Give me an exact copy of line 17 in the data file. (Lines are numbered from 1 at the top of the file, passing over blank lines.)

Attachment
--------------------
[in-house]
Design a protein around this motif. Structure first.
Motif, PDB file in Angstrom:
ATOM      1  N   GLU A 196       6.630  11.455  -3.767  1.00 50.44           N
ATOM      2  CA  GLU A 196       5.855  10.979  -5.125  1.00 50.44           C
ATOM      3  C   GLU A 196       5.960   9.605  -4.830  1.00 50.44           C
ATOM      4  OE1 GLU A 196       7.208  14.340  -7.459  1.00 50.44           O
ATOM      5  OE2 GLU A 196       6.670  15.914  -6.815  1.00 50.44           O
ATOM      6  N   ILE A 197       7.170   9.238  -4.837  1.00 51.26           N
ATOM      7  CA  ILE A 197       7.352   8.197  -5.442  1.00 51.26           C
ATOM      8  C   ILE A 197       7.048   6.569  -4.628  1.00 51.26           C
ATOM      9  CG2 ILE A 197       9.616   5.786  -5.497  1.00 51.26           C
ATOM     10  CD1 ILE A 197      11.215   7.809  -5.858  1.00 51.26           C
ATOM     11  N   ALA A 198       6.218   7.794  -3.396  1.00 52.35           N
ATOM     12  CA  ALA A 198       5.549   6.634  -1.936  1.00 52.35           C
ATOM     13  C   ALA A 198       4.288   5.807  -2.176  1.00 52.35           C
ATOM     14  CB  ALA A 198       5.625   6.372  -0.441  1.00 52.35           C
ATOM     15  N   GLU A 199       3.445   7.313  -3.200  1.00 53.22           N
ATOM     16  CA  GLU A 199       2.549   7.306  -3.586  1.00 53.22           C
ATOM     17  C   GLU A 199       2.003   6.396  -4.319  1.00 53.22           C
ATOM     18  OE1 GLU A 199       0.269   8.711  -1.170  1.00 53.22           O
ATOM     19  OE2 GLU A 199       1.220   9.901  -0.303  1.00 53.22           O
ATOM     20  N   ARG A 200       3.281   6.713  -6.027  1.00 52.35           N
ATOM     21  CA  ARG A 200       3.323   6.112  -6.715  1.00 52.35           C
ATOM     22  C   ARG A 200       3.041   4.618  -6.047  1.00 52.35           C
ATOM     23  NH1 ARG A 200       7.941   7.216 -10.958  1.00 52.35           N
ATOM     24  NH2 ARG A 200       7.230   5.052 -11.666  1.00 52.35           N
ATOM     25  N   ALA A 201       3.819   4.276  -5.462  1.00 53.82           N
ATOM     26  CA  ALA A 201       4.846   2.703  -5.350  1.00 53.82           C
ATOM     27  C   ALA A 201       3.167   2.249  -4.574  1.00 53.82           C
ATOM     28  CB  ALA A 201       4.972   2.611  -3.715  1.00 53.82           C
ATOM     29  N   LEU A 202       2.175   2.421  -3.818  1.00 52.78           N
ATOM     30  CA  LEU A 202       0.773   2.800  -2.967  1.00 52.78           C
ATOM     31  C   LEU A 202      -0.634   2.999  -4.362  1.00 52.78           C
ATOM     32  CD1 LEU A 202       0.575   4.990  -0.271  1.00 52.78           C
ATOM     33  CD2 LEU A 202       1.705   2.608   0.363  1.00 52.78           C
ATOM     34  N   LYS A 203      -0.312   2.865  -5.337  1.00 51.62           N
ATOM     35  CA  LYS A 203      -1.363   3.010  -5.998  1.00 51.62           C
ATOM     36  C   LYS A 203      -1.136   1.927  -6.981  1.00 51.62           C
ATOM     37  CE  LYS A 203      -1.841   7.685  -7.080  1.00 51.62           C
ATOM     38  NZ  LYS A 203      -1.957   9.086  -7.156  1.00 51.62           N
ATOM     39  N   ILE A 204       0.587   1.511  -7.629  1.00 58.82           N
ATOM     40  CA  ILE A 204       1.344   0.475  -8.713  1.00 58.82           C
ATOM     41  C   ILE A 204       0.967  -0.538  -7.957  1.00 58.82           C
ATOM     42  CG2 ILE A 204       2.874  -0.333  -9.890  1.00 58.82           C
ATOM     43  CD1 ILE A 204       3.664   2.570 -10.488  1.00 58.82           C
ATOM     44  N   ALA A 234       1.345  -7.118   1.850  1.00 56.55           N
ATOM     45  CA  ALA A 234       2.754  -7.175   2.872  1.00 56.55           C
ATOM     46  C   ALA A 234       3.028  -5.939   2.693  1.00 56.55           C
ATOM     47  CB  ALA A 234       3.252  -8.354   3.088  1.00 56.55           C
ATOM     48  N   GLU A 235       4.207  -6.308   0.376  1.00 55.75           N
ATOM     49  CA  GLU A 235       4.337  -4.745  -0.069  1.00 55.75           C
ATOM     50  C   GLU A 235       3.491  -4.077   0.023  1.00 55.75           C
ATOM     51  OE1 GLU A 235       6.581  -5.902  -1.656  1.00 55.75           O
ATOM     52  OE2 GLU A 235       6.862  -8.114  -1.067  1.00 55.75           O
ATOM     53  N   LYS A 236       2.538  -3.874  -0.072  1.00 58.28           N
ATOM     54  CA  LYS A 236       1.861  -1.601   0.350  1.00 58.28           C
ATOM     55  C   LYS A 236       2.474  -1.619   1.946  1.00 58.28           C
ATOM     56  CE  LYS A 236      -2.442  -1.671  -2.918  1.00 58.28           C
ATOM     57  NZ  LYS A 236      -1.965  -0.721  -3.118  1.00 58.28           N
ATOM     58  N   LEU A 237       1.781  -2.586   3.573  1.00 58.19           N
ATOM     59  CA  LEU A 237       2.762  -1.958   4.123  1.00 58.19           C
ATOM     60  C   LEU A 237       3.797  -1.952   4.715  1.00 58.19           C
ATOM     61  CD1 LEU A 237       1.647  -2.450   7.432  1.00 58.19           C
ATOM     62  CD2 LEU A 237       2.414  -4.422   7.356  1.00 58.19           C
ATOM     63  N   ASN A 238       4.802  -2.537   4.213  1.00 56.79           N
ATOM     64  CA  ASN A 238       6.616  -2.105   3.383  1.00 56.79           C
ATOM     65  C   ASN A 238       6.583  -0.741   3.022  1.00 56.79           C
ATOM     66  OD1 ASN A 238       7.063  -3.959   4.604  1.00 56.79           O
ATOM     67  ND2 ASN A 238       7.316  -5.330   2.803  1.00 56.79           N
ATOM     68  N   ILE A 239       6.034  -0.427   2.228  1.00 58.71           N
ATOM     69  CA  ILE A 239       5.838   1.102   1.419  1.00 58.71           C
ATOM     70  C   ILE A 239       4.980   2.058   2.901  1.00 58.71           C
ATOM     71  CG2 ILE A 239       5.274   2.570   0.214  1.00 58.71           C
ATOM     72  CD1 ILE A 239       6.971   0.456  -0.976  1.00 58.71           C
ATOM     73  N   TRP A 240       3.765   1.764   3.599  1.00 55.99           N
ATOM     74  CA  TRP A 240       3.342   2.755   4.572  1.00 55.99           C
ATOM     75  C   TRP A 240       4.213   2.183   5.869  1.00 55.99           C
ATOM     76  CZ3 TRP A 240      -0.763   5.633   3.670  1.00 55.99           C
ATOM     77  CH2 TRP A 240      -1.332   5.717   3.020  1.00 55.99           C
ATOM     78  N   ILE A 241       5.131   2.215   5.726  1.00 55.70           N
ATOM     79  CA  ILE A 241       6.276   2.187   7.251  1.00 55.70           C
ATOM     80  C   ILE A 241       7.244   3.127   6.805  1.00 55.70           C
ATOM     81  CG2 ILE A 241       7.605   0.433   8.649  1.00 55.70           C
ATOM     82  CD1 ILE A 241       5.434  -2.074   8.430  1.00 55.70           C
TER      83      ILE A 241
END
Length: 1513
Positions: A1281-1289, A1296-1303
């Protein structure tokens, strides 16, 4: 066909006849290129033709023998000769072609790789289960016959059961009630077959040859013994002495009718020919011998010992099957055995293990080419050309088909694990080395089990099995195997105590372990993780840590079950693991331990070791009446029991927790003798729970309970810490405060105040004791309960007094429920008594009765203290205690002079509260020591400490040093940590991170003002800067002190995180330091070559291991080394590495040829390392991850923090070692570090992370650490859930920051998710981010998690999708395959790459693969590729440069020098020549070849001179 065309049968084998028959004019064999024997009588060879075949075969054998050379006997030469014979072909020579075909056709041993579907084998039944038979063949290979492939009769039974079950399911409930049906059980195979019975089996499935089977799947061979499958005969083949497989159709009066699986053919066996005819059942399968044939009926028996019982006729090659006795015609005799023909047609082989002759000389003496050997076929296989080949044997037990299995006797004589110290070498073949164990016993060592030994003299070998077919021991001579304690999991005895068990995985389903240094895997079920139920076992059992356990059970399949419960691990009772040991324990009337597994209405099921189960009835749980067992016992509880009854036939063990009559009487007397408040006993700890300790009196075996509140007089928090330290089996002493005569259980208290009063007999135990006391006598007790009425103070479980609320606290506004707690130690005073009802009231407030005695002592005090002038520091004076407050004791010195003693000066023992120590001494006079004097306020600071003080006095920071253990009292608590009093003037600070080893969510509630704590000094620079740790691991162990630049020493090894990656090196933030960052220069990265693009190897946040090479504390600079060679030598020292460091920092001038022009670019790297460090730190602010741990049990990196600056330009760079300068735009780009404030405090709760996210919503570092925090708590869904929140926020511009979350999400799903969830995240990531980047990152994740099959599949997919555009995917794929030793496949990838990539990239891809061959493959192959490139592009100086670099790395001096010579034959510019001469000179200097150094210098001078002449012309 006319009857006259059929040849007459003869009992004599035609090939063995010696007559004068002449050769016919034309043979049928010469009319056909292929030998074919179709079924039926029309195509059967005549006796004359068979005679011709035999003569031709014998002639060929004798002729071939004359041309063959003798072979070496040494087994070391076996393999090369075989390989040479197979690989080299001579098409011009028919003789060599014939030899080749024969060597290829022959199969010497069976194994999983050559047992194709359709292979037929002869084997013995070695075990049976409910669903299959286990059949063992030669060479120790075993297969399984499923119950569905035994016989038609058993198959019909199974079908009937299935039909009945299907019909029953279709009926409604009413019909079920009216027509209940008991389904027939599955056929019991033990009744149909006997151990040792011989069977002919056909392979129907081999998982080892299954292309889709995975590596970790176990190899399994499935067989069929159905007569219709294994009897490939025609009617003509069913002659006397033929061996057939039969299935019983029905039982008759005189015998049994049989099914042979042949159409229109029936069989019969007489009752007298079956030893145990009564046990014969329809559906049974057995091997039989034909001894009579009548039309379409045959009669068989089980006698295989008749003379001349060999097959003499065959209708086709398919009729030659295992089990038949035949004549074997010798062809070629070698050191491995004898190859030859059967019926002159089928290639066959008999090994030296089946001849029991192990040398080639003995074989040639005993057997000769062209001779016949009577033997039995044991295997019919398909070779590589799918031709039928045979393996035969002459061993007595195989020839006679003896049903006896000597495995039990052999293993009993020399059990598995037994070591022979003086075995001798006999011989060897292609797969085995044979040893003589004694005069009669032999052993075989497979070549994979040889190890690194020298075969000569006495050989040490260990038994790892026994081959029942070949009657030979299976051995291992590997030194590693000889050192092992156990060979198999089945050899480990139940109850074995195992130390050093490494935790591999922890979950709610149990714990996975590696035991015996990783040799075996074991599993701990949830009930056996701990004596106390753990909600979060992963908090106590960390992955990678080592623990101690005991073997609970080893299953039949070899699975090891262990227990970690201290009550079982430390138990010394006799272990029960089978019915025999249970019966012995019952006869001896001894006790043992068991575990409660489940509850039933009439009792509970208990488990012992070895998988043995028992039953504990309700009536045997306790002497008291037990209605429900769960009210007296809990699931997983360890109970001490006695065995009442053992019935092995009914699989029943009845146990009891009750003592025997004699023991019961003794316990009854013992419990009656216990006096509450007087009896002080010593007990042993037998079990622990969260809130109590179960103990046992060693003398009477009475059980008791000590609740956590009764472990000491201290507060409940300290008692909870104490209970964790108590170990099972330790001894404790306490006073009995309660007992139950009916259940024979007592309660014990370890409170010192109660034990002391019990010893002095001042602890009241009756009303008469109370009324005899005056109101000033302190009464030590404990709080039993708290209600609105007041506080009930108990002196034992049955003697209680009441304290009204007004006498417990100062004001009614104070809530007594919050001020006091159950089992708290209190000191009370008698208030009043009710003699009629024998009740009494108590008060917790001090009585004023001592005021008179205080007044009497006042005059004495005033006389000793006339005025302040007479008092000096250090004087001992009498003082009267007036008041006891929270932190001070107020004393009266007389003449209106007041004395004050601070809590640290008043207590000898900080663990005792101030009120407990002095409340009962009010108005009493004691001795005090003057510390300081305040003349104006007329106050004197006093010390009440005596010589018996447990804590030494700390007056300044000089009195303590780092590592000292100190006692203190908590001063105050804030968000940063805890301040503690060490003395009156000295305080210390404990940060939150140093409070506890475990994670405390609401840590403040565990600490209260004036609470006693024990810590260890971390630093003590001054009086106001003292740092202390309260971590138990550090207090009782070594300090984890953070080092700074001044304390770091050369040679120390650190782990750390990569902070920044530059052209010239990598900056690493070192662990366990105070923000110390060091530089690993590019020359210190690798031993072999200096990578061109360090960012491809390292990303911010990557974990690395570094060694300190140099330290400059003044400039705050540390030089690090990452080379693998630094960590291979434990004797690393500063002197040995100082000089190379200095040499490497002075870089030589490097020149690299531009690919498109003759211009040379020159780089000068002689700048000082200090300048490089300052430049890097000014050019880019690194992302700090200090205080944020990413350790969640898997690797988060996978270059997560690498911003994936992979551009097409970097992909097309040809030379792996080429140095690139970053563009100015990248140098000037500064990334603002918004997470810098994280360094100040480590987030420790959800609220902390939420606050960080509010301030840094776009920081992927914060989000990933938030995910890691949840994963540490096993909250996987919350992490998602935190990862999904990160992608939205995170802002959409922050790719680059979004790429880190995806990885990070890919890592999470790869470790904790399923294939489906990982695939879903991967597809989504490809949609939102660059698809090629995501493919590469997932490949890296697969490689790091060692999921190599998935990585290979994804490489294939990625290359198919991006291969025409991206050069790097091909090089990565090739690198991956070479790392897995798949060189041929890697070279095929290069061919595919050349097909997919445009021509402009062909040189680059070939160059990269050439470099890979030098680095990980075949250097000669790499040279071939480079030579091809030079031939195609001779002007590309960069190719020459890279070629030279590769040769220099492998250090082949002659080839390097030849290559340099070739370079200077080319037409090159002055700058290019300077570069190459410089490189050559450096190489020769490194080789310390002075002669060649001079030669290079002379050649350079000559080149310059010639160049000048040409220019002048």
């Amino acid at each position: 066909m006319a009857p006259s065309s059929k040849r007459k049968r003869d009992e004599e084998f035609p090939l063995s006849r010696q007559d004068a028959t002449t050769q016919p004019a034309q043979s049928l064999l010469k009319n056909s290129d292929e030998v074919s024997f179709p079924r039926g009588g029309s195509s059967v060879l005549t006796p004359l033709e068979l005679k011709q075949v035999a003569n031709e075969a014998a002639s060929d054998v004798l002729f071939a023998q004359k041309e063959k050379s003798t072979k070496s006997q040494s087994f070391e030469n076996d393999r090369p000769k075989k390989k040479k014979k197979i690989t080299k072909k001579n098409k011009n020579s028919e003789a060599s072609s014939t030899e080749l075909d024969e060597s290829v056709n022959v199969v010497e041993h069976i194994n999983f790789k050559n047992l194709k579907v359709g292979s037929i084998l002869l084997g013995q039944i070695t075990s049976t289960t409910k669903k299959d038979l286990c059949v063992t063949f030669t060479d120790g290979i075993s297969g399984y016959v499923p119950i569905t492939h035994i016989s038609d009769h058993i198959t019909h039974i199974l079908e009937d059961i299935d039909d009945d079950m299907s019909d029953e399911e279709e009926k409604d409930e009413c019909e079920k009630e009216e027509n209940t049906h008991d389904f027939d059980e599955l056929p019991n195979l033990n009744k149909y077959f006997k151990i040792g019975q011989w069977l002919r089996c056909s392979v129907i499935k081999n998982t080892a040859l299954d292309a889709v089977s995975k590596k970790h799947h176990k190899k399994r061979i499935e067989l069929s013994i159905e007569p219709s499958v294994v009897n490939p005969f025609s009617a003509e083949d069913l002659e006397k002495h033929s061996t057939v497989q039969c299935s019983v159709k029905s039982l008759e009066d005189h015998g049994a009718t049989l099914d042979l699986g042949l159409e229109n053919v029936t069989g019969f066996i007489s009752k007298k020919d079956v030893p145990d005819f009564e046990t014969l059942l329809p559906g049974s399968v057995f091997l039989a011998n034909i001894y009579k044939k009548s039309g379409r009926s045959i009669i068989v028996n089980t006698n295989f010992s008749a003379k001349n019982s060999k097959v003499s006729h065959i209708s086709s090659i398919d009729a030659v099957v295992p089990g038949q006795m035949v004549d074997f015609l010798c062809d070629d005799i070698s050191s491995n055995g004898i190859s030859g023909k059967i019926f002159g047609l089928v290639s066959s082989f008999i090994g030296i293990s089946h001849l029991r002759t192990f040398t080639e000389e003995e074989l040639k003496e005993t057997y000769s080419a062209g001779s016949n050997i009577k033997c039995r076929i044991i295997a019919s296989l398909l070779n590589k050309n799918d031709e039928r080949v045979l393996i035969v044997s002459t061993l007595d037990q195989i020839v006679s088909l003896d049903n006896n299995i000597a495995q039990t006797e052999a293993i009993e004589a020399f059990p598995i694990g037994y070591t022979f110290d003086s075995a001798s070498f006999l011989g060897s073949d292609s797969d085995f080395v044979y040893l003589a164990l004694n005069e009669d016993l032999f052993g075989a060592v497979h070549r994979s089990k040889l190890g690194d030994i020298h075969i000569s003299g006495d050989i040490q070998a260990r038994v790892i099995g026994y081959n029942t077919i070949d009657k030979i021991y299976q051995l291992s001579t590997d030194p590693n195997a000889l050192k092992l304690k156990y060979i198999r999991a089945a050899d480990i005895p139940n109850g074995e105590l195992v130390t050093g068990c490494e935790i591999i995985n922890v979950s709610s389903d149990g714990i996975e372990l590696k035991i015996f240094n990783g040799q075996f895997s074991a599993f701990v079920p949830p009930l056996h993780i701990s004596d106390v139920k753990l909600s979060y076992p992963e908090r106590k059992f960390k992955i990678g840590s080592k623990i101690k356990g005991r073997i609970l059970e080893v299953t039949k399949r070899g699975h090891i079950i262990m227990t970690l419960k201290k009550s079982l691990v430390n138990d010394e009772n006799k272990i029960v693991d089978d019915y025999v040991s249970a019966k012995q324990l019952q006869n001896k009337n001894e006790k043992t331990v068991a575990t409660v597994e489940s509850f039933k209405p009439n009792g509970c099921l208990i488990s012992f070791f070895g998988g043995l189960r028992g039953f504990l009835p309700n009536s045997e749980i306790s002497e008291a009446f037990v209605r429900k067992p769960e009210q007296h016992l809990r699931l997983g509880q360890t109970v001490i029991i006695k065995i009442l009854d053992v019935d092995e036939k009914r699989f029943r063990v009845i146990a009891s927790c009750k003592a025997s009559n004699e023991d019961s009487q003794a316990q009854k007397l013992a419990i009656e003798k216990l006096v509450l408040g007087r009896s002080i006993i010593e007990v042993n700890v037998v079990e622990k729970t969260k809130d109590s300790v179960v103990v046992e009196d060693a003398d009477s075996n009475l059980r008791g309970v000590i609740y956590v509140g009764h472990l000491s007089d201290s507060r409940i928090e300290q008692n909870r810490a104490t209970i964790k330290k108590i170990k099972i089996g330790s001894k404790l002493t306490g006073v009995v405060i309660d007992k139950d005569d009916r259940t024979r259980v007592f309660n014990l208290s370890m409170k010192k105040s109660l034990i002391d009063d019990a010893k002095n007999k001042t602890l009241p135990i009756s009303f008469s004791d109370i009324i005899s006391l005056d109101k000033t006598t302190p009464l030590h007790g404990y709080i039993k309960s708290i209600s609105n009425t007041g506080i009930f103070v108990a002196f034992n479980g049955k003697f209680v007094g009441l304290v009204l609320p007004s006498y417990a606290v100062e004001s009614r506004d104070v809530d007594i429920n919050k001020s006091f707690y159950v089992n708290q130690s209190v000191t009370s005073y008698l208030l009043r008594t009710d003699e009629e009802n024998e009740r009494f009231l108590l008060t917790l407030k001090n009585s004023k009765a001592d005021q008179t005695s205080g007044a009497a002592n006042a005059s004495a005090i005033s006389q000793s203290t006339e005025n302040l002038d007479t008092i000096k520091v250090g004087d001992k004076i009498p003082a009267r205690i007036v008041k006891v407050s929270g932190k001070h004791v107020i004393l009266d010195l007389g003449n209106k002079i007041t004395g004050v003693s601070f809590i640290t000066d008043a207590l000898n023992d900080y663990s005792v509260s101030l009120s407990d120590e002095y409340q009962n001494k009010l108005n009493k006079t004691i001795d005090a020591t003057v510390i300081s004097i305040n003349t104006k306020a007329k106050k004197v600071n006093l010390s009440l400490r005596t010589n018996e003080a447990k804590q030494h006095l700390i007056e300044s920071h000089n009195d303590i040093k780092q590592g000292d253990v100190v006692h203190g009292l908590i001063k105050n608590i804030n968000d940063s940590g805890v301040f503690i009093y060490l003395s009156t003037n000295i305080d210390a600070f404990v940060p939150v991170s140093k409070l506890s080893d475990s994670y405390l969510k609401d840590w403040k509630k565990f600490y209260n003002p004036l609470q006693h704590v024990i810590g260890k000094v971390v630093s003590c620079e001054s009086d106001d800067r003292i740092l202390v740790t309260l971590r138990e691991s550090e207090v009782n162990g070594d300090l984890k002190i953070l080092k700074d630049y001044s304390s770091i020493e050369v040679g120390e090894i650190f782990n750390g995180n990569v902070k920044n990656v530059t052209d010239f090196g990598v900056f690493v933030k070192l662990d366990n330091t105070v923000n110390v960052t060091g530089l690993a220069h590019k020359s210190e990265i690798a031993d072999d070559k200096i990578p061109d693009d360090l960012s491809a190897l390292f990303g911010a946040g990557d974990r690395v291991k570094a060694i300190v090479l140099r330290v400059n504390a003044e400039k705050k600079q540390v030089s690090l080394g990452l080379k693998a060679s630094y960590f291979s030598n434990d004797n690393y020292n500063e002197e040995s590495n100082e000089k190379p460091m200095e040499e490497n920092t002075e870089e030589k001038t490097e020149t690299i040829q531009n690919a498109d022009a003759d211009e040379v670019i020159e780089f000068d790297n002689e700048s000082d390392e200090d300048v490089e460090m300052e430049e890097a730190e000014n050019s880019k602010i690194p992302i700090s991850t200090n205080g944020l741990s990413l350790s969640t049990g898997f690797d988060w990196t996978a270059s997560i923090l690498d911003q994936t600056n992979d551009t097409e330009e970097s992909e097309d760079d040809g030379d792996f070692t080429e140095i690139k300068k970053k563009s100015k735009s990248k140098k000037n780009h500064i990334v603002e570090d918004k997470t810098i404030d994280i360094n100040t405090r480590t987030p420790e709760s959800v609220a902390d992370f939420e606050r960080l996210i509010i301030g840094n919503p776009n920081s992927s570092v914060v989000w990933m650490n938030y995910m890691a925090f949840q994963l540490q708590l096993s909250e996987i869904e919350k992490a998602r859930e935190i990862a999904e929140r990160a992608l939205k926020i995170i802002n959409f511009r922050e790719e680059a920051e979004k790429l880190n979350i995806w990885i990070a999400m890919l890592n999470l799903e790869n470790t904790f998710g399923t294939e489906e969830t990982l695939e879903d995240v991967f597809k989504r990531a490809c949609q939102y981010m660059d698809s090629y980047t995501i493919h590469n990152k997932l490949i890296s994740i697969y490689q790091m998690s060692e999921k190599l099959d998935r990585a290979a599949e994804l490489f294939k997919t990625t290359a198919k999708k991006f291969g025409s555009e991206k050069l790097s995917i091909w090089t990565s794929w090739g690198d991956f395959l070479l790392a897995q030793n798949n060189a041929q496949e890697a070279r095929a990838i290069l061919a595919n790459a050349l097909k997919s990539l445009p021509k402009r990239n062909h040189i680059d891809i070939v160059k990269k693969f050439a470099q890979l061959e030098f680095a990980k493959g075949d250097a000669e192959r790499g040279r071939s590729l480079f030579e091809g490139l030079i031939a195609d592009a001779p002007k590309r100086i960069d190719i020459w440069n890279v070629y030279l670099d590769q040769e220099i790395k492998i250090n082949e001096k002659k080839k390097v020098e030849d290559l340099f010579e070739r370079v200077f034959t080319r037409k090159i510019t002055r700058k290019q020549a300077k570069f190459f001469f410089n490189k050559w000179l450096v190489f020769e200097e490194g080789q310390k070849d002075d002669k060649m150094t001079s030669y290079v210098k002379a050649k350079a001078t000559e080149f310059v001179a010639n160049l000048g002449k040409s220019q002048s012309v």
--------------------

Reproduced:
ATOM     14  CB  ALA A 198       5.625   6.372  -0.441  1.00 52.35           C